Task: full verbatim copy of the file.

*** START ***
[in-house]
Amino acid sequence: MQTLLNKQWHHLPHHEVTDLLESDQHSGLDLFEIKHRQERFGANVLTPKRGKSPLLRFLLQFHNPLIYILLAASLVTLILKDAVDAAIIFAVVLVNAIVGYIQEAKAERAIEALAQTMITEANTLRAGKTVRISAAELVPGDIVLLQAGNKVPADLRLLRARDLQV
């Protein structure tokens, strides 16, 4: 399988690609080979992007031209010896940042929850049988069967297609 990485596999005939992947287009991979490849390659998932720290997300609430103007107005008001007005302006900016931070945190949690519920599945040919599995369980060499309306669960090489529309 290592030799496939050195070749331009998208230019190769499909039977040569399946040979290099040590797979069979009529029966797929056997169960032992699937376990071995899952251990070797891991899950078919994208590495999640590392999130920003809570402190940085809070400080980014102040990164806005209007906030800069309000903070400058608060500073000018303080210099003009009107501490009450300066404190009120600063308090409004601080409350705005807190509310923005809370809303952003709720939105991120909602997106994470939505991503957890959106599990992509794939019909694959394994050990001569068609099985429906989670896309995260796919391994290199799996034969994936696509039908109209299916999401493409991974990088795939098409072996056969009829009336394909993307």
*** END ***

[in-house]
Amino acid sequence: MQTLLNKQWHHLPHHEVTDLLESDQHSGLDLFEIKHRQERFGANVLTPKRGKSPLLRFLLQFHNPLIYILLAASLVTLILKDAVDAAIIFAVVLVNAIVGYIQEAKAERAIEALAQTMITEANTLRAGKTVRISAAELVPGDIVLLQAGNKVPADLRLLRARDLQV
């Protein structure tokens, strides 16, 4: 399988690609080979992007031209010896940042929850049988069967297609 990485596999005939992947287009991979490849390659998932720290997300609430103007107005008001007005302006900016931070945190949690519920599945040919599995369980060499309306669960090489529309 290592030799496939050195070749331009998208230019190769499909039977040569399946040979290099040590797979069979009529029966797929056997169960032992699937376990071995899952251990070797891991899950078919994208590495999640590392999130920003809570402190940085809070400080980014102040990164806005209007906030800069309000903070400058608060500073000018303080210099003009009107501490009450300066404190009120600063308090409004601080409350705005807190509310923005809370809303952003709720939105991120909602997106994470939505991503957890959106599990992509794939019909694959394994050990001569068609099985429906989670896309995260796919391994290199799996034969994936696509039908109209299916999401493409991974990088795939098409072996056969009829009336394909993307």